Opinion

El Caracol Observatory at Chichen Itza (Wright Reading/CC BY-NC 2.0) and Composite 3D laser scan image of El Caracol from above
In 1526, the Spanish conquistador Francisco de Montejo arrived on the Yucatan Peninsula of Mexico and found most of the great Maya cities deeply eroded and unoccupied. Many generations removed from the master builders, engineers, and scientists who conceived and built the cities, the remaining Maya they encountered had degenerated into waring groups who practiced blood rituals and human sacrifice.

Our Mission

At Ancient Origins, we believe that one of the most important fields of knowledge we can pursue as human beings is our beginnings. And while some people may seem content with the story as it stands, our view is that there exists countless mysteries, scientific anomalies and surprising artifacts that have yet to be discovered and explained.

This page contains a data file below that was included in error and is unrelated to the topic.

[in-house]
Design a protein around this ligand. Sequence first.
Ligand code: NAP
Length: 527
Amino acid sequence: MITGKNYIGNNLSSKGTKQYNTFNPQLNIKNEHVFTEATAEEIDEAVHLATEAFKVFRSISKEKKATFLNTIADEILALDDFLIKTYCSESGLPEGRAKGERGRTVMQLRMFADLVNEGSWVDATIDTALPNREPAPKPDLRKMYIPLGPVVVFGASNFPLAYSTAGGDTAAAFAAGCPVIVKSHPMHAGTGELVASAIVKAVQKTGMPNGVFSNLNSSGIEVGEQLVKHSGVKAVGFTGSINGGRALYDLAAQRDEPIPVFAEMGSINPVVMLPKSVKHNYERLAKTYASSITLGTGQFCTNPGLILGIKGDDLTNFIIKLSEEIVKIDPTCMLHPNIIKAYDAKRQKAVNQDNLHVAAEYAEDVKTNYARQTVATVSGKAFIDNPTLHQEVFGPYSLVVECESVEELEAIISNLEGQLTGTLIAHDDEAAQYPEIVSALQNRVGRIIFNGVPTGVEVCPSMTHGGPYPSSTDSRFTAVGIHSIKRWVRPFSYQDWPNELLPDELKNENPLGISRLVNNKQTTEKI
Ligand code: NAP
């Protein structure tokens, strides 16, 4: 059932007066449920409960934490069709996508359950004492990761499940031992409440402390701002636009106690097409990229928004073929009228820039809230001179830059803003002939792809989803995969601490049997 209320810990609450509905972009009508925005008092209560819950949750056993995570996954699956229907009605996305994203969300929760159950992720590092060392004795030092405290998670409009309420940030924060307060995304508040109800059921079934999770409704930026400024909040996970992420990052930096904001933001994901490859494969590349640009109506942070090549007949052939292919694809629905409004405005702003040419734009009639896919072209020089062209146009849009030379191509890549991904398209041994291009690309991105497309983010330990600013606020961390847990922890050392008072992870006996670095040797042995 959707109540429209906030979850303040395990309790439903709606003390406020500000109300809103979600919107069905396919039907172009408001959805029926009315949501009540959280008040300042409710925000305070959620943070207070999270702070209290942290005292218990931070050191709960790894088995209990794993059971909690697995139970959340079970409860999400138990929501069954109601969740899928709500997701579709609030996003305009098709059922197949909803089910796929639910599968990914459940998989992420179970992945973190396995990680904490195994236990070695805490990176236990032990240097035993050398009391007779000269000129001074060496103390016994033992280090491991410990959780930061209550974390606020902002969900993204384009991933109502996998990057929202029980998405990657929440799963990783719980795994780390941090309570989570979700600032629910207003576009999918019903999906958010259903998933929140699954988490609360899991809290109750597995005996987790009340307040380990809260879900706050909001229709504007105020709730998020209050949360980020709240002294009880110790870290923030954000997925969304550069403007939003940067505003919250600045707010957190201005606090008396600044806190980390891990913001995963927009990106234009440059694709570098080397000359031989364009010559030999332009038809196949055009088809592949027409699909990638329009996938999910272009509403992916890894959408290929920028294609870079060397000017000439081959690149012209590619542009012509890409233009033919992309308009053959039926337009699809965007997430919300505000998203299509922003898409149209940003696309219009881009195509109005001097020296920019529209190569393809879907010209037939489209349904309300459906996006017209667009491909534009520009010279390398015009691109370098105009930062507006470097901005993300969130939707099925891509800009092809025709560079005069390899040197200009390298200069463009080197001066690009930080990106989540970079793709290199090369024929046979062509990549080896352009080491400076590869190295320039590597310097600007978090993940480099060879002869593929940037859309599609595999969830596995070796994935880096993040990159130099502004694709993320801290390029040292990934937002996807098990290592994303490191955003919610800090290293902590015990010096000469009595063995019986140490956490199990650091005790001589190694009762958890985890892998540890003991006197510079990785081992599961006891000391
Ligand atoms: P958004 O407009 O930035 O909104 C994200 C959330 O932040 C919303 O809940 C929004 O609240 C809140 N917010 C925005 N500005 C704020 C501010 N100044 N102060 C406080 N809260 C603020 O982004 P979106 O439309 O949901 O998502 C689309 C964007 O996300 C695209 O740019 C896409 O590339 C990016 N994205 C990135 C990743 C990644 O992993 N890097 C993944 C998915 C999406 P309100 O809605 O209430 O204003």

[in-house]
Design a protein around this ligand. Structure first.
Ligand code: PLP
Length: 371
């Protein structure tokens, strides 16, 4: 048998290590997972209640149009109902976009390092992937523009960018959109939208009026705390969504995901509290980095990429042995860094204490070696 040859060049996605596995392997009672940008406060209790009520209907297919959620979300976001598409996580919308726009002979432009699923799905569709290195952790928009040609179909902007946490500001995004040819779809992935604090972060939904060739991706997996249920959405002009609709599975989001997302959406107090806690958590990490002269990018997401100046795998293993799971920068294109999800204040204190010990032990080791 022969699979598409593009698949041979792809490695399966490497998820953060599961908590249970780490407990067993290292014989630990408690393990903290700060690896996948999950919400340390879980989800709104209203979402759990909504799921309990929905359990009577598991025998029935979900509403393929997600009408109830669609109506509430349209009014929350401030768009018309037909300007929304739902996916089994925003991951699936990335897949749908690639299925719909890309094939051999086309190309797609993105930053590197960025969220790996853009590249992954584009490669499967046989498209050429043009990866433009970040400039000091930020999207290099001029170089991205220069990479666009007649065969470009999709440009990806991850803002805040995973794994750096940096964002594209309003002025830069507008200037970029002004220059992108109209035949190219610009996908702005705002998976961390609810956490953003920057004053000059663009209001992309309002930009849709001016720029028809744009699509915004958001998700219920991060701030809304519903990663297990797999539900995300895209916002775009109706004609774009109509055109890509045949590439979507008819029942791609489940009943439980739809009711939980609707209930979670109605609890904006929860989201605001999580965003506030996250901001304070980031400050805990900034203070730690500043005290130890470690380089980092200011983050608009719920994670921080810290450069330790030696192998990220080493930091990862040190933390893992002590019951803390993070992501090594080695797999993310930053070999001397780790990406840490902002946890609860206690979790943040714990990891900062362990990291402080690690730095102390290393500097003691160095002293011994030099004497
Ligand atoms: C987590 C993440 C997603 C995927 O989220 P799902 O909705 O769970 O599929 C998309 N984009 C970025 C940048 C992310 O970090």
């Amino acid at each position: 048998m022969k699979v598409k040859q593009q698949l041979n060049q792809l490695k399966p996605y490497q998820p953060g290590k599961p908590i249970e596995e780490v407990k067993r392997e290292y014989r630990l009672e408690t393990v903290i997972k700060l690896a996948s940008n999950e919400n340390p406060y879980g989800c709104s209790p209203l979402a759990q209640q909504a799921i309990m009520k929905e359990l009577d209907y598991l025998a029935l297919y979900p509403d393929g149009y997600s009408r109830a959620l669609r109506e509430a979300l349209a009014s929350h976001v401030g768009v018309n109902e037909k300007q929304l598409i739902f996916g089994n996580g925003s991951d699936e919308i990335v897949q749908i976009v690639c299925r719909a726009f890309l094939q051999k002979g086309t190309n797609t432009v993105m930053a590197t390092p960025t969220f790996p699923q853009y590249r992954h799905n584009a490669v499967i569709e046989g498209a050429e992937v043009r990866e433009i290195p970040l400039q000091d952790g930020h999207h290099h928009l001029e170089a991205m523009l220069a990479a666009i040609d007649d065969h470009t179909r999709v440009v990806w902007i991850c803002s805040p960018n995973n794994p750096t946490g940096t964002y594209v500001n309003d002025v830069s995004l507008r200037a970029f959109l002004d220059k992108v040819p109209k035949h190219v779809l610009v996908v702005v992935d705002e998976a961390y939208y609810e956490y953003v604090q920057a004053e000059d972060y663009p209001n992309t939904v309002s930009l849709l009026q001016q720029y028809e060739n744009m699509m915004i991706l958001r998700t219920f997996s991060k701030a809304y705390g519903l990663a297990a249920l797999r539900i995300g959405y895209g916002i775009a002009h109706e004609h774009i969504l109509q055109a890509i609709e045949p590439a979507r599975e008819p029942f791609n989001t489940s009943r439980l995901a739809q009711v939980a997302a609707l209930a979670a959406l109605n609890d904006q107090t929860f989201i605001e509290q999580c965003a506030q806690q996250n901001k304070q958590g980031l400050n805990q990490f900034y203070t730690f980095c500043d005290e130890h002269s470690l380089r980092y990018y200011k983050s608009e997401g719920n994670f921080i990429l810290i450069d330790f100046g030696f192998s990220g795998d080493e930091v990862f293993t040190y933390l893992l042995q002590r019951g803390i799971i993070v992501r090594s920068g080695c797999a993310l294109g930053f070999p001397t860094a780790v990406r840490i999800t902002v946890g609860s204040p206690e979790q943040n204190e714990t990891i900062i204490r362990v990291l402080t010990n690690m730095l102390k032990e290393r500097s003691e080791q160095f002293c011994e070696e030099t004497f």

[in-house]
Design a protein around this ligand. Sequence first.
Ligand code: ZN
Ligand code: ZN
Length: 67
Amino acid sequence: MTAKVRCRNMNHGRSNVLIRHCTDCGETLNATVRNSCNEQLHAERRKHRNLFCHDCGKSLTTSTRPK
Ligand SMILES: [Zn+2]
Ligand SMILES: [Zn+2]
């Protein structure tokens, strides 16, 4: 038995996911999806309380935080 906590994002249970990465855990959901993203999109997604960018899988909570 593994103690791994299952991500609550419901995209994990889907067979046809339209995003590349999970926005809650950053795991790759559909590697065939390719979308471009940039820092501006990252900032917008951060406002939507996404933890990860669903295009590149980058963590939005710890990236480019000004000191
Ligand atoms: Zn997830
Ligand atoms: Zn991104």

The goal of Ancient Origins is to highlight recent archaeological discoveries, peer-reviewed academic research and evidence, as well as offering alternative viewpoints and explanations of science, archaeology, mythology, religion and history around the globe.

We’re the only Pop Archaeology site combining scientific research with out-of-the-box perspectives.

By bringing together top experts and authors, this archaeology website explores lost civilizations, examines sacred writings, tours ancient places, investigates ancient discoveries and questions mysterious happenings. Our open community is dedicated to digging into the origins of our species on planet earth, and question wherever the discoveries might take us. We seek to retell the story of our beginnings. 

Ancient Image Galleries

View from the Castle Gate (Burgtor). (Public Domain)
Door surrounded by roots of Tetrameles nudiflora in the Khmer temple of Ta Phrom, Angkor temple complex, located today in Cambodia. (CC BY-SA 3.0)
Cable car in the Xihai (West Sea) Grand Canyon (CC BY-SA 4.0)